Millennium Post

Is lynching the new normal?

With incidents of lynching on the rise, what will it take the government to enact an anti-lynching bill?

Is lynching the new normal?

Last year, 16-year-old Hafiz Junaid was lynched on a Mathura-bound train over a seat. Two years before that, Mohammad Akhlaq was brutally killed over suspicions that he ate beef. Months have passed and numerous incidents of mob violence continue. In the last couple of months alone, a WhatsApp rumour claimed the lives of two innocent youth, Nilotpal Das and Abhijeet Nath, in Karbi Anglong, Assam; 39-year-old Qasim was lynched in Hapur, Uttar Pradesh, over alleged cow slaughter; a suspected child-lifter was lynched in Malda, West Bengal; two people from a tribal community were lynched in Aurangabad when fake news about alleged midnight attacks on a village was circulated. The list is endless and our silence, deafening.

What really feeds mob violence? The biggest incentive for mob violence is the belief that the perpetrators can get away with it. It is a show of collective cowardice when a crime is committed in numbers knowing that the law has no teeth. Last year, after Junaid's unfortunate stabbing, activists and lawyers had drafted an anti-lynching bill. The Central government, however, rejected all plans for a new law, the logic being that the existing laws can handle such cases and take action. But what of being a deterrent? Are not these cases increasing with every passing day? Is might, always right? Are not these cases replete with legal loopholes when it comes to prosecution?

Data website, IndiaSpend, says that 28 people have been killed in 63 incidents of lynching between 2010 and 2017. By no means are lynchings new to India but, alarmingly, over 97 per cent of these incidents have taken place after 2014, since the Narendra Modi government came to power. And, by not acting with an iron hand on these incidents, the government fails its people.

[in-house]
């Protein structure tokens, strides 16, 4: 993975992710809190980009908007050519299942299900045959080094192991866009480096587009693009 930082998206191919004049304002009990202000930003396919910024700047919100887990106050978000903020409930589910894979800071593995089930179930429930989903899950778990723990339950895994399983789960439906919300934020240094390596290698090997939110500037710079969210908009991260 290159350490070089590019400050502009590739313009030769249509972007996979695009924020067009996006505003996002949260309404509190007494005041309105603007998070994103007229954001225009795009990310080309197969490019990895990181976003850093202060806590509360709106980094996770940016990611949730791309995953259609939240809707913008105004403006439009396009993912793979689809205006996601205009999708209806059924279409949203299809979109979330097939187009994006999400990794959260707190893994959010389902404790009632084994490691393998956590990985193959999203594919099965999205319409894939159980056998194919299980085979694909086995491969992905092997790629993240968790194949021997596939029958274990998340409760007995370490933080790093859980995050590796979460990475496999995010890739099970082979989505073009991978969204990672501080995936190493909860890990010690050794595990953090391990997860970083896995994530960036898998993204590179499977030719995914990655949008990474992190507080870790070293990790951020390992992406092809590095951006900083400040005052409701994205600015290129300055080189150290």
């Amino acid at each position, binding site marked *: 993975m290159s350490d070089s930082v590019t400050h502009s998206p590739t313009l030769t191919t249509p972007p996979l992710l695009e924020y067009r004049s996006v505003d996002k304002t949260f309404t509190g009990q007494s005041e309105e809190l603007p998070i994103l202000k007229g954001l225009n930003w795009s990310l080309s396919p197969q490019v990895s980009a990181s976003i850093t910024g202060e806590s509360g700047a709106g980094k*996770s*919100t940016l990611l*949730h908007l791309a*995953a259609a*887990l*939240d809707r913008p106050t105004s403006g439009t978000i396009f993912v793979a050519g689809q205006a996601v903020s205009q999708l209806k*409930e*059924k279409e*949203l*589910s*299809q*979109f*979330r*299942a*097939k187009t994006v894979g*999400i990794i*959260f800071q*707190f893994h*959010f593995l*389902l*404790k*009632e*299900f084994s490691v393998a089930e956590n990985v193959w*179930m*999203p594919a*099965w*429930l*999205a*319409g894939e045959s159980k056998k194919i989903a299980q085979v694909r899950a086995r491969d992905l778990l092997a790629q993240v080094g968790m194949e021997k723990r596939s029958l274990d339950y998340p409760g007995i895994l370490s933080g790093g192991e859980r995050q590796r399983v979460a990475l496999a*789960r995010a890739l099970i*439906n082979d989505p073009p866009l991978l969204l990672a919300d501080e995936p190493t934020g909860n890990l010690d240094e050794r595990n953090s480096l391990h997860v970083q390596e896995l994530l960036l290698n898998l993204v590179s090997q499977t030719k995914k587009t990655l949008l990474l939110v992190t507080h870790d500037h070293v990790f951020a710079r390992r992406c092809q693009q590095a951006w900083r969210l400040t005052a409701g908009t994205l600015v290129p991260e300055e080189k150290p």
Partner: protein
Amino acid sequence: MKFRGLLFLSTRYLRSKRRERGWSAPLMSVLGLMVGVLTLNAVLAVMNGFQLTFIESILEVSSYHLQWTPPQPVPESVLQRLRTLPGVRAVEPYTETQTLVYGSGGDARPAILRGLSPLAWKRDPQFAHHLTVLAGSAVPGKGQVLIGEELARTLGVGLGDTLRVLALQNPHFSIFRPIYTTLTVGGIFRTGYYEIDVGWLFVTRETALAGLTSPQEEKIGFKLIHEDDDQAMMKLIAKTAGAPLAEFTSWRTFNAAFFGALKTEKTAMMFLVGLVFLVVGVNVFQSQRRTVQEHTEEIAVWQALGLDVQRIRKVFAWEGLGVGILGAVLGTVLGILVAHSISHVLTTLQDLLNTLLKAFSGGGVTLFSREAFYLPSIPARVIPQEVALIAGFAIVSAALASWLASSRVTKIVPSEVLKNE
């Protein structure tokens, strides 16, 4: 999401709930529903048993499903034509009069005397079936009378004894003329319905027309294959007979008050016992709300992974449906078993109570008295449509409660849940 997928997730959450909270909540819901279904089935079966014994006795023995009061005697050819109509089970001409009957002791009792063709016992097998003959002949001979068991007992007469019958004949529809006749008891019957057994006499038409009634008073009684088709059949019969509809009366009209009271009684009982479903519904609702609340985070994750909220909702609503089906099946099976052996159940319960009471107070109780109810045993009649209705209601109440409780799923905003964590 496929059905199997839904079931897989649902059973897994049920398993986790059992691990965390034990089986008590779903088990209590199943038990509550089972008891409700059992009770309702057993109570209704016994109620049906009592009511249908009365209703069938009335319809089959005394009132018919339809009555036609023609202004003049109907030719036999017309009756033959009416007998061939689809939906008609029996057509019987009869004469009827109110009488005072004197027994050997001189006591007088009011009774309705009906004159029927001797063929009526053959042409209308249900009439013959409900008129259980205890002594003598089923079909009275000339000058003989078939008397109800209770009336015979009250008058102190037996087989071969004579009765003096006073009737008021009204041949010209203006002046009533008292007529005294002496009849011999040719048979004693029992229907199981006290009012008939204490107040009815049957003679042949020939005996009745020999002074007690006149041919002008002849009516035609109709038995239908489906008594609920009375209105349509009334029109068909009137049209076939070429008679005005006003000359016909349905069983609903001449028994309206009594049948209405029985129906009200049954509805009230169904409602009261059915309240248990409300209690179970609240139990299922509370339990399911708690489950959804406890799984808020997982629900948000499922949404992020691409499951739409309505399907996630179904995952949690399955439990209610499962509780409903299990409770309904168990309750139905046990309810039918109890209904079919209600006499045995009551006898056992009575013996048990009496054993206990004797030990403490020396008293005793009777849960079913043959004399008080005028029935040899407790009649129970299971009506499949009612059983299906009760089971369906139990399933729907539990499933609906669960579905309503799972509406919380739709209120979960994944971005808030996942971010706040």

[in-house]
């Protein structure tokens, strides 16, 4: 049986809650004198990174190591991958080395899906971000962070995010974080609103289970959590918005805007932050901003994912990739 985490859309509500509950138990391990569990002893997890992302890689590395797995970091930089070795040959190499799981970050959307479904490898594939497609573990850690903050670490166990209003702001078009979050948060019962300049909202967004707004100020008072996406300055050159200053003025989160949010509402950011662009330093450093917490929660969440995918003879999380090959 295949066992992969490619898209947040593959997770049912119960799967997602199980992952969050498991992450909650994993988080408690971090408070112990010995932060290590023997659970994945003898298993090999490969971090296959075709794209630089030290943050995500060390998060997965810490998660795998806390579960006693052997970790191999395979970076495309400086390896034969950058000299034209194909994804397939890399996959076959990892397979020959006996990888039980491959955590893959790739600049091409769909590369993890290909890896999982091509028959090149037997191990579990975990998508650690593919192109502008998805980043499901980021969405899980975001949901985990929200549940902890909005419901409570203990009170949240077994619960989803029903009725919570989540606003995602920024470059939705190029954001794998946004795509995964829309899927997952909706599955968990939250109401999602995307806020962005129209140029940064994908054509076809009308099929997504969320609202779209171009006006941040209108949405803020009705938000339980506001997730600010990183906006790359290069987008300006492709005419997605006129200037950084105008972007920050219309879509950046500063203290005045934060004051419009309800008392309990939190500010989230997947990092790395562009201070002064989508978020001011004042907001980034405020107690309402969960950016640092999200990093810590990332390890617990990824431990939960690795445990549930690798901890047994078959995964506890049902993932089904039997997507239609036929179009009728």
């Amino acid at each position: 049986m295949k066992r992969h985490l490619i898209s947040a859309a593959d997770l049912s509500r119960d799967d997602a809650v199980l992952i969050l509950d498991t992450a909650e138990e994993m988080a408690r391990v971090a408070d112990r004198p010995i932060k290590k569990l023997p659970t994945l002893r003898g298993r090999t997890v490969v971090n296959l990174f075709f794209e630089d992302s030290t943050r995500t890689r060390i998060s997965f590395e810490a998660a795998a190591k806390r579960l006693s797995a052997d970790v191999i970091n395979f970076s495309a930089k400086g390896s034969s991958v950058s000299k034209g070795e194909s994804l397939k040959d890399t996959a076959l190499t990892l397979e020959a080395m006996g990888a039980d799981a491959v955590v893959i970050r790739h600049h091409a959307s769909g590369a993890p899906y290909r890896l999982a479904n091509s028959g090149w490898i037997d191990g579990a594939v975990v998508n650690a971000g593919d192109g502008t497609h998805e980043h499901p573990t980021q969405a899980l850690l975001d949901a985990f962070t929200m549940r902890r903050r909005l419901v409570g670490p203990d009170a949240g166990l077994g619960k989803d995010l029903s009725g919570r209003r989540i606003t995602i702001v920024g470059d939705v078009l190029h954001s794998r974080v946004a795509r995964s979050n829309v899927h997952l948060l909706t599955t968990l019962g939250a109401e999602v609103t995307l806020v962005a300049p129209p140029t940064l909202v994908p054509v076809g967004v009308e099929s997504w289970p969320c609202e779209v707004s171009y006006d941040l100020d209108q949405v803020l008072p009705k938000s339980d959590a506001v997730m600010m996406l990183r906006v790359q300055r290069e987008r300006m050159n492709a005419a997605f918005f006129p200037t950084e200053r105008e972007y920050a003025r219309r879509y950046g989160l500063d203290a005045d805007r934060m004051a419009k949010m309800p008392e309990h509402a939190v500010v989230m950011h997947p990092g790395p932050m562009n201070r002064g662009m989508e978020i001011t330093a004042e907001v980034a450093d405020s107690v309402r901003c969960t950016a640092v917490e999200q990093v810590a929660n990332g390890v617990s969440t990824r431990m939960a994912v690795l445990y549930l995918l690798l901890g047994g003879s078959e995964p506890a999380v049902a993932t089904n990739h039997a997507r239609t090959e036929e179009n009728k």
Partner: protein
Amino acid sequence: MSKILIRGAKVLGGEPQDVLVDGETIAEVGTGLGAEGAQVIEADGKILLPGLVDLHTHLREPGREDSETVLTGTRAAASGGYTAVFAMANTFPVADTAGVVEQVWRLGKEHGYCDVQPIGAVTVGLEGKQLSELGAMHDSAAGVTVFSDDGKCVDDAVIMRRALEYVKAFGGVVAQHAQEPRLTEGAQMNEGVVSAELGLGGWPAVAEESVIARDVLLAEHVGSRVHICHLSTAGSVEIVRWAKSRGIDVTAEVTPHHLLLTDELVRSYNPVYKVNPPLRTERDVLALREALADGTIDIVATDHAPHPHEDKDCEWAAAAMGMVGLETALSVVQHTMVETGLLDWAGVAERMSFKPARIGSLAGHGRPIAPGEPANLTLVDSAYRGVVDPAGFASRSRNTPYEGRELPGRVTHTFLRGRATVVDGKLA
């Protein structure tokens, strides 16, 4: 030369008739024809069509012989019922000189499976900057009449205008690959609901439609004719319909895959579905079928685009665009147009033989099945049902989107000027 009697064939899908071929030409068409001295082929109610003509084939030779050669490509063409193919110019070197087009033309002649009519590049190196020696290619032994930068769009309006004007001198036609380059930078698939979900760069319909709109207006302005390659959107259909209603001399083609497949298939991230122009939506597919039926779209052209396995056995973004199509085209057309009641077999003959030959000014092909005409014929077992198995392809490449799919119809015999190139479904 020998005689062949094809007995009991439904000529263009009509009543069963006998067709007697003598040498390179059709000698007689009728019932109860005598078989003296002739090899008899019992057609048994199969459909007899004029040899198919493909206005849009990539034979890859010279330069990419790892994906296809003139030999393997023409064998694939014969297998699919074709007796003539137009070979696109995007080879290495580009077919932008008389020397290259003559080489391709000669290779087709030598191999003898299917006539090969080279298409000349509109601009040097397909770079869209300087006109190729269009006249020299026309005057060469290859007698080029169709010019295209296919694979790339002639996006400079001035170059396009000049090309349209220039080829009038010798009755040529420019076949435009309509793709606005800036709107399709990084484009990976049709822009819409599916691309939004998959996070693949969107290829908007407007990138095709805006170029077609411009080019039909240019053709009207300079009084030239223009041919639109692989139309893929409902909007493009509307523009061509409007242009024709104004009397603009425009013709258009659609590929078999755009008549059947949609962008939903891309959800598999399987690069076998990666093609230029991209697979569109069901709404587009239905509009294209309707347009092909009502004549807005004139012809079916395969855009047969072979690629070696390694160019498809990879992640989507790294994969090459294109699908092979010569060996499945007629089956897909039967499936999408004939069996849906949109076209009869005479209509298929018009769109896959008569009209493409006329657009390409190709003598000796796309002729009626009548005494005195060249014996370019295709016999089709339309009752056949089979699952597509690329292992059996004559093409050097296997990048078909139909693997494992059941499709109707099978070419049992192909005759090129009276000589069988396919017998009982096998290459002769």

Our banana republic of a country and its confounded people need laws. There is no civic sense or tolerance. We desecrate new expressways, vandalise spanking new trains, show that we have no human decency left. A country where its people cannot govern themselves – laws, strict laws, are urgently needed to contain herd mentality. Only severe punishment can act as a deterrent, and yes, an example must be made of goons who feel they can take the law into their own hands.

It is with a heavy heart that one writes such harsh words about their own countrymen. It pains to accept that instead of moving forward, we are as a nation becoming more regressive; where technology instead of doing good is the root of misinformation. And, where every day religious intolerance becomes centre-stage. We talk more about religion today than about progress and development. We look at our neighbours with suspicion than with a feeling of mutual brotherhood.

Where is that India of unity in diversity that we read about in school books? Where are we discussing India becoming the next superpower? Is not India truly moving backwards? Do you feel safe today? Are you not embarrassed, mortified, and humiliated that we are capable of such grave crimes against our own – against other human beings? And even if we are shocked and alarmed, is anyone listening? We have always spoken of culture and tradition. Is lynching the new normal? The latest tradition in India? Too many questions and not enough answers, and definitely not enough policemen like Gagandeep Singh to protect us.

(The writer is a journalist and media entrepreneur. The views expressed are strictly personal)

Shutapa Paul

Shutapa Paul

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